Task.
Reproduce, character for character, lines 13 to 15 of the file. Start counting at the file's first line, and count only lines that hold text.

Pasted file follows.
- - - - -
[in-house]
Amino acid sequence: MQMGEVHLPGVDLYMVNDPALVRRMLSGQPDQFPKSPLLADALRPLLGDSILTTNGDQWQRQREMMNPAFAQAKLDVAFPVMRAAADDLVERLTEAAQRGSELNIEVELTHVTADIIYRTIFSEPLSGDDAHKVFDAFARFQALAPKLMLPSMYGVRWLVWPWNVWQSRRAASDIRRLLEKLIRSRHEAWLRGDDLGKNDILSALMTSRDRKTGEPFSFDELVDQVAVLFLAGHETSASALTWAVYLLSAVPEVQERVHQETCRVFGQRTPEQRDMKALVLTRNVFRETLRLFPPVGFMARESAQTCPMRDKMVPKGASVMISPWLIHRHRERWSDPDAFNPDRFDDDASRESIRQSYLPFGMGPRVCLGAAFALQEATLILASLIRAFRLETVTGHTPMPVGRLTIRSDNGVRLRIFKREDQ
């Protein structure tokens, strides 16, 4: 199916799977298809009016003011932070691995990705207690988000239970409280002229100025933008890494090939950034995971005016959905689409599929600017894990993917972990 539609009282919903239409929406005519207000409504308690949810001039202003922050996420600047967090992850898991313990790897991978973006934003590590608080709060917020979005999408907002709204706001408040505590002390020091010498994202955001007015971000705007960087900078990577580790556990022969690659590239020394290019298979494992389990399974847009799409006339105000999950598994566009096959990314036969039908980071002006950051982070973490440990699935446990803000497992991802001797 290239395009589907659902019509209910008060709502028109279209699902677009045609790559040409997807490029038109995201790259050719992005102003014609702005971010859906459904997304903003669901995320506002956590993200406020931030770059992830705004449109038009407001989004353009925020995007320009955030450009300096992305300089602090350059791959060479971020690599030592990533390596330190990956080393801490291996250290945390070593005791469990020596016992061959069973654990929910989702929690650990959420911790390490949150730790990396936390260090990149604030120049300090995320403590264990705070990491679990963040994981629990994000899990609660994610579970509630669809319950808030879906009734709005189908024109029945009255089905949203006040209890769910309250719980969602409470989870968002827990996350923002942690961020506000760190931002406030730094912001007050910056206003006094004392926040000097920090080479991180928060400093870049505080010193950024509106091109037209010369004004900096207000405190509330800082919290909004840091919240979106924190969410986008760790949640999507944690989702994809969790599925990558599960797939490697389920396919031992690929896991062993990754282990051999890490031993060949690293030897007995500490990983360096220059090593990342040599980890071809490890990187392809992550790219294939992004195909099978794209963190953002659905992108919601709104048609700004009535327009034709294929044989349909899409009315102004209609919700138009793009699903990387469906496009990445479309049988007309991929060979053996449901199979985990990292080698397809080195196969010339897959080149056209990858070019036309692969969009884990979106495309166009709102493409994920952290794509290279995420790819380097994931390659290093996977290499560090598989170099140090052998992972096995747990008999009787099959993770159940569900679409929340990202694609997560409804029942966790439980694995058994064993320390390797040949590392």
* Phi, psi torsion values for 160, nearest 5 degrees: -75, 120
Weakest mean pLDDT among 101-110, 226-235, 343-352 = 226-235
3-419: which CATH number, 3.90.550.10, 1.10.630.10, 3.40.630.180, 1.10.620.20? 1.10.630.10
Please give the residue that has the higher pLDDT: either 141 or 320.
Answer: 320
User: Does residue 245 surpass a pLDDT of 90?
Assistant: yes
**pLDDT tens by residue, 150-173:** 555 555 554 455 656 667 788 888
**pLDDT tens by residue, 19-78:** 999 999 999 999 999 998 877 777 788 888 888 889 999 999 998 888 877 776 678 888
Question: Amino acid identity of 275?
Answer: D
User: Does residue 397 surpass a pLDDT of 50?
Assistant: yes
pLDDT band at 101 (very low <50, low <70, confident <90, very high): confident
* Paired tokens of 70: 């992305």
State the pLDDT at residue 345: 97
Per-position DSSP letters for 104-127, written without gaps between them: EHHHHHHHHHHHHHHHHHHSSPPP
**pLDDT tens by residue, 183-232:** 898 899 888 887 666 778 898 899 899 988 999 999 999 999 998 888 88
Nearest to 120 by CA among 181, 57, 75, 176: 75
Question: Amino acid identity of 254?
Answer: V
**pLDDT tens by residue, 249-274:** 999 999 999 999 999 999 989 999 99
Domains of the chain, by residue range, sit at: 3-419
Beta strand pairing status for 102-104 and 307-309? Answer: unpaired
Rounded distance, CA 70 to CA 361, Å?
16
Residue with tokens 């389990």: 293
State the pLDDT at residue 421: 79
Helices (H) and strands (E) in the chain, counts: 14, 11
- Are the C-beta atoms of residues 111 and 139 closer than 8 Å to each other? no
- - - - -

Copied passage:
Question: Amino acid identity of 275?
Answer: D
User: Does residue 397 surpass a pLDDT of 50?